Tuesday, March 2, 2010

My issue with Republicans right now

I am aware that it's not quite so easy to categorize people into "Republicans" and "Democrats"... personally, if labels must exist, I prefer them along 3 binary dimensions:
Socially liberal or conservative? (Think gay marriage, abortion, school prayer, gun control, etc)
Fiscally liberal or conservative? (Large taxation and government spending vs little)
Foreign policy hawk or dove? (assertiveness vs collaboration)
The foreign policy position is far more nuanced than I give it credit for (all three are, but especially that one).
Generally, however, I think it's fair to say that at least stereotypically, Democrats are Fiscally and Socially liberal, and republicans are fiscally and socially conservative. I have so much trouble with the parties because I am socially liberal and fiscally conservative (not an uncommon problem for economics people, and, more generally, people who have been to college). I also have problems with the parties because the whole system has major problems (they're too intellectually and manpower starved to separate themselves from lobbyists, for example, and they cater to short-term elections over long-term benefit of the country).
Which brings me to climate change.
Our understanding of climate change is probably akin to where our understanding of bacteria was in the 1700s, post Leeuwenhoek but pre-John Snow and Alexander Fleming and Salk/Sabin and all the sanitation/antibiotic/vaccine pioneers... we'd discovered it, a lot of people had other theories as to what they were and what they did, many based on religious dogma and a few actually based in scientific inquiry as to how significant the discovery was (as opposed to denying it existed, which was more religious). At that point, we were perhaps just beginning to gain a degree of real understanding, but it was highly imperfect. Science has accelerated since then, so the timeframe is compressed, but the stages probably remain the same.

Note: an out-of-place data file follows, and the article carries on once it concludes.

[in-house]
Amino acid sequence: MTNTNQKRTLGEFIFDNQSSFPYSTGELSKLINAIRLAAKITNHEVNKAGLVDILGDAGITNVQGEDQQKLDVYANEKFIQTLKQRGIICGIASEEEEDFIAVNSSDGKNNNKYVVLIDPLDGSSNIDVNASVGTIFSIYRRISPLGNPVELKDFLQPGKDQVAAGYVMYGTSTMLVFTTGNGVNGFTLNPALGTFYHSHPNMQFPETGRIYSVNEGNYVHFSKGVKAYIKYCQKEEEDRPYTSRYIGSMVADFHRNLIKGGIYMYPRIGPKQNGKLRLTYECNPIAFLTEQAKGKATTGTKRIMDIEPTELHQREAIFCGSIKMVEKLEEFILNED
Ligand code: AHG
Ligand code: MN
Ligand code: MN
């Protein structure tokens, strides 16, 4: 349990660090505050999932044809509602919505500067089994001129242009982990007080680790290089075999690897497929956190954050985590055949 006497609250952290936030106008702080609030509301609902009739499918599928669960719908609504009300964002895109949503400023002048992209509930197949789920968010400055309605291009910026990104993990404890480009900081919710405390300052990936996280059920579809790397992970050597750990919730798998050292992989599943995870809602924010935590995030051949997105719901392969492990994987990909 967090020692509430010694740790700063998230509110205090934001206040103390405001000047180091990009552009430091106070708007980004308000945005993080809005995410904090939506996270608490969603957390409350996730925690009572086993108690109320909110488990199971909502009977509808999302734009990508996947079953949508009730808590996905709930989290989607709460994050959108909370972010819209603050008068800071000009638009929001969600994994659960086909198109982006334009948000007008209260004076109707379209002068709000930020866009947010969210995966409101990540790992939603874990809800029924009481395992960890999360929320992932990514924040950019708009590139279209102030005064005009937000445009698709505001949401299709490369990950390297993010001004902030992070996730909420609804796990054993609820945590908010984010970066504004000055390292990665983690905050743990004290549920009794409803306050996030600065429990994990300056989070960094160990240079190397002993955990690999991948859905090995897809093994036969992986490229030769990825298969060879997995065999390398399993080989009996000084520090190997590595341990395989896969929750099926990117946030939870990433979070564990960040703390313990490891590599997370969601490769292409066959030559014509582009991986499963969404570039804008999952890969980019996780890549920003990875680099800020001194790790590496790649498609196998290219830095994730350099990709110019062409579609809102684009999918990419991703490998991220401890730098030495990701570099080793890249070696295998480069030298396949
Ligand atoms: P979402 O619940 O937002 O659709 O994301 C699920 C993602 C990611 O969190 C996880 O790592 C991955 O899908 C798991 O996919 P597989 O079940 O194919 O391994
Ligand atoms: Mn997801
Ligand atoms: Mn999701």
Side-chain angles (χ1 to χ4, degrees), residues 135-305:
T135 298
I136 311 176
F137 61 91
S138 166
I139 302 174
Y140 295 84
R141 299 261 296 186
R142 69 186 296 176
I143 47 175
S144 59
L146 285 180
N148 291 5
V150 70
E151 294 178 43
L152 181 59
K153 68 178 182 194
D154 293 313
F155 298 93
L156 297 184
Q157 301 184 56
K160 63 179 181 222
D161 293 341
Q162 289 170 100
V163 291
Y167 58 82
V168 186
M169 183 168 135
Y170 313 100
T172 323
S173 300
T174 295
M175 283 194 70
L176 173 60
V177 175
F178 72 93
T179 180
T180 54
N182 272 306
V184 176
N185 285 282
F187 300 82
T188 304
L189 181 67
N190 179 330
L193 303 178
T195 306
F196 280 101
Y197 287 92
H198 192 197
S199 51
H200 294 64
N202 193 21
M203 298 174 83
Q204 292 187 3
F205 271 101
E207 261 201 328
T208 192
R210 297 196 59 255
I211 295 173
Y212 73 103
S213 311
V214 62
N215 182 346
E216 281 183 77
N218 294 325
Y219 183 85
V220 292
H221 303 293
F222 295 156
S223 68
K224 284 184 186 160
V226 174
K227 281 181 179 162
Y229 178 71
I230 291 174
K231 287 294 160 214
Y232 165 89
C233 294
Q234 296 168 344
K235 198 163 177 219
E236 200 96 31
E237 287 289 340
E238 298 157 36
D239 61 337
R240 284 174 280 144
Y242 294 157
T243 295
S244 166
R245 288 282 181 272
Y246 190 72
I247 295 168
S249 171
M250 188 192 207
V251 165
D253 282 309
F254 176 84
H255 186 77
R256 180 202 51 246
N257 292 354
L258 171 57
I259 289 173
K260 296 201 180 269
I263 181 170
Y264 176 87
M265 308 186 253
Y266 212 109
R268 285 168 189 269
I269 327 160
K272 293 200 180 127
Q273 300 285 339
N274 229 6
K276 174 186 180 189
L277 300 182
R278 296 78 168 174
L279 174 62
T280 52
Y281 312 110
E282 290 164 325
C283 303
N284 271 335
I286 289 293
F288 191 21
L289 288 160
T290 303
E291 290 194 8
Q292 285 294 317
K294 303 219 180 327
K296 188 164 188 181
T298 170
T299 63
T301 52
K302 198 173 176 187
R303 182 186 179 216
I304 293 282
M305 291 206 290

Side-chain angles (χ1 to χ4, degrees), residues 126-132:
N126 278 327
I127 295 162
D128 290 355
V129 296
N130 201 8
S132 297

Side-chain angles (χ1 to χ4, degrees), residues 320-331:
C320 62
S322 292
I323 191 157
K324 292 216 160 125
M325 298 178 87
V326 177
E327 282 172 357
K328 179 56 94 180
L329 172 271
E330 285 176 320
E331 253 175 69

By this point, bacteria and viruses have been observed, documented, and we have significantly affected the outcome of society by dealing them in many diverse ways already - you may not see the strep throat, but you know you feel better when you take antibiotics. To deny bacteria is, at this point, to deny electronics or kinetics or (dare I say it) evolution - it's just stupid. Even where questions still exist, they are very small and often lack immediately apparent application in our practical interpretation. This is certainly not the case with climate change - there's very, very strong evidence it exists but nobody knows exactly what it's going to do or how bad it is going to be.
Of course, this isn't to argue that we shouldn't do anything about climate change - if you bet against it, and you're right, you don't gain much, and if you're wrong, you lose a ton... if you bet on it, and you're right, you gain a lot relative to where you'd be otherwise, and if you're wrong, you've still accomplished a great deal in terms of national security, humanitarianism, economic growth from lower energy costs and other environmental benefits. The question SHOULD be, "what is the best course of action to deal with it given that we have decent evidence this happens, not much idea of how badly it's going to affect everything but a strong idea that the worst-case scenario could be a disaster. Thus, how do we approach the high degree of uncertainty and risk", not "does it exist cuz we only have to do anything about it if it exists".